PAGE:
No wolves to be released at Knettishall Heath

Thursday 13th April 2017

Suffolk Wildlife Trust would like to reassure members of the public that it has no plans to release wolves onto one of its reserves – following a number of spoof reports.

A number of posters were put up at Knettishall Heath around April 1 indicating that the Trust, in partnership with the UK Wolf Conservation Trust, would be introducing a pack of wolves at the site by the end of the month.

The realistic-looking notices, which advised visitors to carry flare guns and not to enter the heath after dark, were removed as soon as they were seen by Knettishall’s ranger.

However, following a number of concerned messages sent to the Trust amid continuing coverage of the story on spoof news sites, the Trust would like to set the record straight.

Sam Norris, Knettishall Ranger, said: “Knettishall Heath is an ancient place, which echoes with the past and Suffolk Wildlife Trust is delighted to be working with the community to restore it to the kind of wild landscape that our Bronze Age ancestors would have recognised.

“We hope this restoration, which includes the introduction of conservation grazing with Exmoor ponies to open out the heaths will see the return of such species as nightjar. However, I can categorically say that this definitely does not involve re-introducing wolves. Just to be clear, there are no plans to introduce wolves anywhere in Suffolk.”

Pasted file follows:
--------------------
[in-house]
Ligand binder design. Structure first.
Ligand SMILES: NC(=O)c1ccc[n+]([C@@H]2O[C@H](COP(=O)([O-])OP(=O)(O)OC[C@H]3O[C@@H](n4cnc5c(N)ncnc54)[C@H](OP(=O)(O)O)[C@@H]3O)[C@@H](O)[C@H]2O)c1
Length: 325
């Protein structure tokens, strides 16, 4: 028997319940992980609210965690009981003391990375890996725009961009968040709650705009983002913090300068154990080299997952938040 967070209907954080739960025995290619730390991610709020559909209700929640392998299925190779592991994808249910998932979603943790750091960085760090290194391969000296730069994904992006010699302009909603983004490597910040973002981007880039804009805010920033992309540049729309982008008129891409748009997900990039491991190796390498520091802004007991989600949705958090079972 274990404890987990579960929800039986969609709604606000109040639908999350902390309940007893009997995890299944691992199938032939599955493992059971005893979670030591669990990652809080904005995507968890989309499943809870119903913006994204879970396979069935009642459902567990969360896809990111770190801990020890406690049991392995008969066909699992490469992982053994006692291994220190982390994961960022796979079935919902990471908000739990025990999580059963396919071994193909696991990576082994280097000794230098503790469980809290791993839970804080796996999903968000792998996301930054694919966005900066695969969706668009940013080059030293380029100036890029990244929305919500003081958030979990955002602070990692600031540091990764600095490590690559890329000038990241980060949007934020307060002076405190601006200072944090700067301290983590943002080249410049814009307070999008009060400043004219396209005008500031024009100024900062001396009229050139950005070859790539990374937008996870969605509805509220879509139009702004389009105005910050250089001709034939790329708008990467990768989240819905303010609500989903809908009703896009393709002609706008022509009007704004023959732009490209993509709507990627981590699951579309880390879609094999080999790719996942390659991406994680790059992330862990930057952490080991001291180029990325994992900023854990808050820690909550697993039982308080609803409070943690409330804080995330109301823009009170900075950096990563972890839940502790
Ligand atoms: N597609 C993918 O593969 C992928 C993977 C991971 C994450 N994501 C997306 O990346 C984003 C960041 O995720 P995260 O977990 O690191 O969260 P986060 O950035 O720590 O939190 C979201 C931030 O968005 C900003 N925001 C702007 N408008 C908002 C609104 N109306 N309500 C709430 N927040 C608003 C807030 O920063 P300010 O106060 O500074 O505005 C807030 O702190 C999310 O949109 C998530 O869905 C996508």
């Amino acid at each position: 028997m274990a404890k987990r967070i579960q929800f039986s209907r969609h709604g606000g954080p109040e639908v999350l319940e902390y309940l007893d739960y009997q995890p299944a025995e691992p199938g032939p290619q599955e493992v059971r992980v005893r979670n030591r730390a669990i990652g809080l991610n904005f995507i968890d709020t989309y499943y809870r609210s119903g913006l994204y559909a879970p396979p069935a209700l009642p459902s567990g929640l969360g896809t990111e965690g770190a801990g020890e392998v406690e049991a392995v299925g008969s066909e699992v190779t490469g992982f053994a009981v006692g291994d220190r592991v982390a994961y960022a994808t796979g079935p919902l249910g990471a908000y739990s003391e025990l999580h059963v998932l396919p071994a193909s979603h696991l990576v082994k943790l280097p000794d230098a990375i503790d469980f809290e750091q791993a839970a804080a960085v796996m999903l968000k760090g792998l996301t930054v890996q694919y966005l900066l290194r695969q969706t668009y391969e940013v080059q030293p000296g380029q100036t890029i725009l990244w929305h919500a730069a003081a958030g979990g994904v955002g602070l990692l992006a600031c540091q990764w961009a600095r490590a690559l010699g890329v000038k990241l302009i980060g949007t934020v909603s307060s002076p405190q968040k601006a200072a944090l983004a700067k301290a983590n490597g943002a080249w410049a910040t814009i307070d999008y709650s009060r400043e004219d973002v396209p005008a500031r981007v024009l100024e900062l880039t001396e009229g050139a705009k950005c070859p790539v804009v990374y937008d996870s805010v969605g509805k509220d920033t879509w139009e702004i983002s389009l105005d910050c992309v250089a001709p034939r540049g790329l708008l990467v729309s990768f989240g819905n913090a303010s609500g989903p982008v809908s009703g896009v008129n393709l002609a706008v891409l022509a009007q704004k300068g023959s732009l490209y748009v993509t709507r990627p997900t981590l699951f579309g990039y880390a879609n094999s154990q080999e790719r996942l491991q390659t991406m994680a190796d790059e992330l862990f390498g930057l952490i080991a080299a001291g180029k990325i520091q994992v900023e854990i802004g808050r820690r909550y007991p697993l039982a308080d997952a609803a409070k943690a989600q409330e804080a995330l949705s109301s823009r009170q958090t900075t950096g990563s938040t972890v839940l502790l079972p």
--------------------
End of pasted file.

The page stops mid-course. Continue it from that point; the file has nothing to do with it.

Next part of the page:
Although Knettishall Heath is clearly not a suitable place in which to re-introduce what was one of the UK’s biggest apex predators (the site is too small, too close to human populations and would also prove unpopular with our Exmoor ponies!) Suffolk Wildlife Trust is supportive of the scientific principles of rewilding. Indeed, encouraging nature to flourish and working to restore degraded wild places in the appropriate way is one of the reasons the Trust exists.

The Trust has been involved in re-introductions in the past, including the release of 34 captive-bred dormice in Bradfield Woods in 2006. The Trust also supports the scientific research of fellow Trusts such as Devon Wildlife Trust, which is currently studying a population of wild beavers living on the River Otter.

Steve Aylward, Head of Property and Projects at the Trust, said: “The reintroduction of any species has to be carefully considered, but can have very positive impacts. The re-introduction of beavers to the UK, for example, is not just about returning that one species to the UK but re-introducing an entire eco-system that has been lost. The beaver is a ‘keystone’ species and its absence has had a profound impact on the ecology of our rivers.

“If a species were to be picked as missing from the Breckland ecosystem at Knettishall Heath it would be rabbits, not wolves. We are currently working to encourage more rabbits to breed on the heath as their grazing patterns and digging create the perfect habitat for heathland specialists such as woodlark and green tiger beetle.”